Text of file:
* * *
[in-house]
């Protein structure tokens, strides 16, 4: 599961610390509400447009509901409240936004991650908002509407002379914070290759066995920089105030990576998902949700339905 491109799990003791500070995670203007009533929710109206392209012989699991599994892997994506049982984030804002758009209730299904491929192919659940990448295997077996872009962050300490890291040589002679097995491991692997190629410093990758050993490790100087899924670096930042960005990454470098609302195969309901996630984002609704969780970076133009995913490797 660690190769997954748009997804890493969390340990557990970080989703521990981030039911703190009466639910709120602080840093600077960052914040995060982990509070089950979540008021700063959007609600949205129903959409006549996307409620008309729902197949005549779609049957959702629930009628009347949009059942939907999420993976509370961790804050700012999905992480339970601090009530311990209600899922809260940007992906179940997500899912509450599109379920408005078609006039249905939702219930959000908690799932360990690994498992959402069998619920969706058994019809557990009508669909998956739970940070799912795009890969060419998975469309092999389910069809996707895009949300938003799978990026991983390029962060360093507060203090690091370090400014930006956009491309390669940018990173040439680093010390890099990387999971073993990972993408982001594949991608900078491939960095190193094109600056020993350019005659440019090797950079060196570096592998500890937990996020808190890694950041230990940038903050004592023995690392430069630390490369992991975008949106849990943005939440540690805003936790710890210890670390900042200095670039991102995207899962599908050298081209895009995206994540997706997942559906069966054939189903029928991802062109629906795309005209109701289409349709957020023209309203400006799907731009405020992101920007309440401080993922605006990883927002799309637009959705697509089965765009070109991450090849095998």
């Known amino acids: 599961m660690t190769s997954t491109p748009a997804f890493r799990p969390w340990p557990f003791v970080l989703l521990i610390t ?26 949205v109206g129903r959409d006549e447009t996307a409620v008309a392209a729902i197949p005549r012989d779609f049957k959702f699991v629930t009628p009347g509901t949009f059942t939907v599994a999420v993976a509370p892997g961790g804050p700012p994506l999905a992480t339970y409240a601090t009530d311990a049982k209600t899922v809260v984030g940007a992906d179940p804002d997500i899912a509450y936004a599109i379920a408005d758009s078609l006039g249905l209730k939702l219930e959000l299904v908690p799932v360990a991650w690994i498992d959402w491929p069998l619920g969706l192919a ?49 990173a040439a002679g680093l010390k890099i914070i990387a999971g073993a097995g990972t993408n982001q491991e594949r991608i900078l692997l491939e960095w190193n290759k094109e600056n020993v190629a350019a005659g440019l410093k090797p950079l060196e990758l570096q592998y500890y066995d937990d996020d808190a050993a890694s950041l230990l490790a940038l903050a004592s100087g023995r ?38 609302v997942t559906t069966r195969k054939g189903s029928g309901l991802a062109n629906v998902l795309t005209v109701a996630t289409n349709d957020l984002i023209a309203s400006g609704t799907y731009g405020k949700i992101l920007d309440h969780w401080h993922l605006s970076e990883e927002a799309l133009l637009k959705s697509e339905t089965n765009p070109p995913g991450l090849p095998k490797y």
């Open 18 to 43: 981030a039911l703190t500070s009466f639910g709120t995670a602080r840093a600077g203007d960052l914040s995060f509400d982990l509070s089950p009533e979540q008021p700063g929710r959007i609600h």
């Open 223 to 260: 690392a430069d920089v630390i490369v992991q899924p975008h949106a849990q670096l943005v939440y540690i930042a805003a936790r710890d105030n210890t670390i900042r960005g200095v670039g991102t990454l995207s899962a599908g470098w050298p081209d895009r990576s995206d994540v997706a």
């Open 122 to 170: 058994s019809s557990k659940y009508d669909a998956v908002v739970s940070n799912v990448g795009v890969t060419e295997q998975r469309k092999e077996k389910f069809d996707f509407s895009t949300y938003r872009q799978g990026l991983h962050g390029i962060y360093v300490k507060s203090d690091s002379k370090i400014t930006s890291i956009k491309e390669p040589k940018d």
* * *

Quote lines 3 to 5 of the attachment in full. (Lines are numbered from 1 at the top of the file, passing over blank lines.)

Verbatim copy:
């Known amino acids: 599961m660690t190769s997954t491109p748009a997804f890493r799990p969390w340990p557990f003791v970080l989703l521990i610390t ?26 949205v109206g129903r959409d006549e447009t996307a409620v008309a392209a729902i197949p005549r012989d779609f049957k959702f699991v629930t009628p009347g509901t949009f059942t939907v599994a999420v993976a509370p892997g961790g804050p700012p994506l999905a992480t339970y409240a601090t009530d311990a049982k209600t899922v809260v984030g940007a992906d179940p804002d997500i899912a509450y936004a599109i379920a408005d758009s078609l006039g249905l209730k939702l219930e959000l299904v908690p799932v360990a991650w690994i498992d959402w491929p069998l619920g969706l192919a ?49 990173a040439a002679g680093l010390k890099i914070i990387a999971g073993a097995g990972t993408n982001q491991e594949r991608i900078l692997l491939e960095w190193n290759k094109e600056n020993v190629a350019a005659g440019l410093k090797p950079l060196e990758l570096q592998y500890y066995d937990d996020d808190a050993a890694s950041l230990l490790a940038l903050a004592s100087g023995r ?38 609302v997942t559906t069966r195969k054939g189903s029928g309901l991802a062109n629906v998902l795309t005209v109701a996630t289409n349709d957020l984002i023209a309203s400006g609704t799907y731009g405020k949700i992101l920007d309440h969780w401080h993922l605006s970076e990883e927002a799309l133009l637009k959705s697509e339905t089965n765009p070109p995913g991450l090849p095998k490797y």
């Open 18 to 43: 981030a039911l703190t500070s009466f639910g709120t995670a602080r840093a600077g203007d960052l914040s995060f509400d982990l509070s089950p009533e979540q008021p700063g929710r959007i609600h």
């Open 223 to 260: 690392a430069d920089v630390i490369v992991q899924p975008h949106a849990q670096l943005v939440y540690i930042a805003a936790r710890d105030n210890t670390i900042r960005g200095v670039g991102t990454l995207s899962a599908g470098w050298p081209d895009r990576s995206d994540v997706a």